Sunday, August 23, 2015

Manjhi :The Mountain Man 

Mad Obsession

In spirit, Ketan Mehta’s Manjhi :The Mountain Man is like Last week’s release Gour Hari Dastaan—they are both about men with a cause and superhuman perseverance.

Dashrath Manjhi (Nawazuddin Siddiqui) is a low-caste man in a feudal Bihar village ruled by the typical cruel landlord (Tigmanshu Dhulia). When his beloved wife Phagunia (Radika Apte) dies after slipping down a hillock and it takes too much time to take her to the hospital in the next village across the stony hill range, the bereaved husband takes it upon himself to cut through the rocks and make a path, just with a hammer and chisel. It takes him 22 years, but he accomplishes the near-impossible task.

The film is based on a true story, which makes the man’s life all the more admirable—and Siddiqui makes the character his own, right down to the rags, scraggly hair and mad glint in his eyes. But somehow the story loses its grip after a while, because Mehta is unable to place it within a larger context.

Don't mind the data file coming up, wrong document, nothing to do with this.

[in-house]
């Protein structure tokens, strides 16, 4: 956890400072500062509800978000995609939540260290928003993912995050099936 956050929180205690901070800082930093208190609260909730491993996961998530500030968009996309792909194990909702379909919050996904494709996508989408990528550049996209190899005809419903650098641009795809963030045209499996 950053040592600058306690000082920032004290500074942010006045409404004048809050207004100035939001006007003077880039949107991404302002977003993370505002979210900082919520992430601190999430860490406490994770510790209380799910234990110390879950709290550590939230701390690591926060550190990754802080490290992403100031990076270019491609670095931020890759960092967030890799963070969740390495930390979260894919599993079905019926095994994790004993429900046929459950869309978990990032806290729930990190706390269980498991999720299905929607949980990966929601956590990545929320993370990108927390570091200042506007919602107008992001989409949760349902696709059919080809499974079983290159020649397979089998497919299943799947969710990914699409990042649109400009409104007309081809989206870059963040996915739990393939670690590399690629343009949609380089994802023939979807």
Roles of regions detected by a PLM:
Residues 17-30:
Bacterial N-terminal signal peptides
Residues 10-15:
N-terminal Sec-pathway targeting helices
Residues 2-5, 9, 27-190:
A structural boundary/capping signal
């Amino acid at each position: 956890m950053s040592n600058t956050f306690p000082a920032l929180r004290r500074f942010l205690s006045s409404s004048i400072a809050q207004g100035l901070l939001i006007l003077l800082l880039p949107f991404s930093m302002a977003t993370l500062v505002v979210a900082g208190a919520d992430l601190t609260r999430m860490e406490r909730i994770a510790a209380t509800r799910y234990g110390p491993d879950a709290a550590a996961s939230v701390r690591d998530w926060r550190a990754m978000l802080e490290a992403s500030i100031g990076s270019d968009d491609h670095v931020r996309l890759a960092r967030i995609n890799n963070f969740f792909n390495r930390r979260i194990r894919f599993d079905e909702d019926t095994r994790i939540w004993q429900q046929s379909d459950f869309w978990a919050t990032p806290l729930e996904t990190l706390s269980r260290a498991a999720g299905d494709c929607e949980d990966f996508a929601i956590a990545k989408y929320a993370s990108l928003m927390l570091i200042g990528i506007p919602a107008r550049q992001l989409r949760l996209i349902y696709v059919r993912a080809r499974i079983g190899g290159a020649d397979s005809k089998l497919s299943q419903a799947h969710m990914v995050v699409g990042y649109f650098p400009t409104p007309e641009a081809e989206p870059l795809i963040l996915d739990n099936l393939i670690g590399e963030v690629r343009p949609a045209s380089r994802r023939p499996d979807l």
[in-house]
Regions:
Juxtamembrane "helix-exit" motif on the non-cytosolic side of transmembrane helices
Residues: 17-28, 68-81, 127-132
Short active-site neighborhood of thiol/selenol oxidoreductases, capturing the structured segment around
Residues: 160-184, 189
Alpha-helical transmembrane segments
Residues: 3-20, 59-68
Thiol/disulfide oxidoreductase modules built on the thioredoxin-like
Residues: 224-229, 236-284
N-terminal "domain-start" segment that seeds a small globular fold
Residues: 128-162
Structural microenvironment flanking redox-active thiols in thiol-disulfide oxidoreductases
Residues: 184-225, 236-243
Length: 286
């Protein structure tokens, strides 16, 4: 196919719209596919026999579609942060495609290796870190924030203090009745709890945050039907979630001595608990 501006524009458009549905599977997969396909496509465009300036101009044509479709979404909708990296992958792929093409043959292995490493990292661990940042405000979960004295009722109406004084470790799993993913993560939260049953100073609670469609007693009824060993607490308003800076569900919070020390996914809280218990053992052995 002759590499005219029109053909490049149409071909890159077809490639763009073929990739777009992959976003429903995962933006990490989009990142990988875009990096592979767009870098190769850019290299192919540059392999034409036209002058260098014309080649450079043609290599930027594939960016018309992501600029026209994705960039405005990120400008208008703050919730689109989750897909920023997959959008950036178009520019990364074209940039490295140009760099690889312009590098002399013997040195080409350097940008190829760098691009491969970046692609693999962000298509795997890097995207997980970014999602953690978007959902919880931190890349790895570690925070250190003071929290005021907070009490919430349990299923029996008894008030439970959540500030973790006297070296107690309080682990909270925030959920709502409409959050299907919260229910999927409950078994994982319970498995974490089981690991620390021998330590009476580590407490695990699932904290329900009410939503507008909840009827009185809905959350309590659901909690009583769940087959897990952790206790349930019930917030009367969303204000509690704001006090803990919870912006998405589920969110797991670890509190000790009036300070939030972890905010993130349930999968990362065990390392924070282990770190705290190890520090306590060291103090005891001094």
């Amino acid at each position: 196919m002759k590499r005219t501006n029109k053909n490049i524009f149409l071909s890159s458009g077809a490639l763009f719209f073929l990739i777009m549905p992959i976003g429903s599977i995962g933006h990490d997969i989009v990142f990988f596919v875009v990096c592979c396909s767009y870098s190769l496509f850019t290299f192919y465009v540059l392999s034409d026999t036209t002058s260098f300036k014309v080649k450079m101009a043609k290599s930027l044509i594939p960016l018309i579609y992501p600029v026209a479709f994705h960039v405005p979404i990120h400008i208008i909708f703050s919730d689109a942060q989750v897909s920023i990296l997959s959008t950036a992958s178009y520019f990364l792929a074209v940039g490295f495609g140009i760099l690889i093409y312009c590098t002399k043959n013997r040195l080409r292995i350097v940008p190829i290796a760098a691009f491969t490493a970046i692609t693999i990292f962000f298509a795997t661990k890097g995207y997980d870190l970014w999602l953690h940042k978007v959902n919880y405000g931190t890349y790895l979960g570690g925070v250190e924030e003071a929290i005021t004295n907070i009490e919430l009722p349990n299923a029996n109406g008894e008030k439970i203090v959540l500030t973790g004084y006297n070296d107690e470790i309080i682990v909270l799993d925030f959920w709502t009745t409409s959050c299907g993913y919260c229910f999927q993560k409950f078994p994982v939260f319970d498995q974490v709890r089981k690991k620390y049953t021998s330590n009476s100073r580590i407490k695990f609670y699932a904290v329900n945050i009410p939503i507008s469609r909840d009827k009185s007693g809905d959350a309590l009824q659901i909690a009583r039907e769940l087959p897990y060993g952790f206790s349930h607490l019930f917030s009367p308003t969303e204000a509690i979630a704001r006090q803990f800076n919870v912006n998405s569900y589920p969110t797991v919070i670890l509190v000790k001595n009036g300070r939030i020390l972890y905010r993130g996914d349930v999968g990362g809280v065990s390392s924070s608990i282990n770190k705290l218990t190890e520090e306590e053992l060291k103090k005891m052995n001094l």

There are nods to the rampant casteism in Indian villages, but he rushes through a Naxal episode, the Congress politics of the time, Indira Gandhi’s ‘Gareebi Hatao’ slogan, bureaucratic corruption—he ticks all the boxes, but Manjhi’s story remains strangely uni-dimensional. There are a few really powerful scenes, like Manjhi surviving a harsh drought, but also baffling ones like his march to Delhi to meet the prime minister which ends tamely. There is the melodrama of his chopping his toe off when bitten by a snake, but when it comes to his mindset, Mehta resorts to the hoary trick of having his dead wife appear to egg him on. The romance itself is a bit too ‘filmi’, including the gift of a miniature Taj Mahal, to underline the parallel between Shahjehan’s act of love and Manjhi’s obsession.

Nawazuddin Siddiqui is worth watching, and perhaps he is at a stage of his career now, when people might go to see him. The film, in spite of its inspiring character remains mostly flat and uninvolving.


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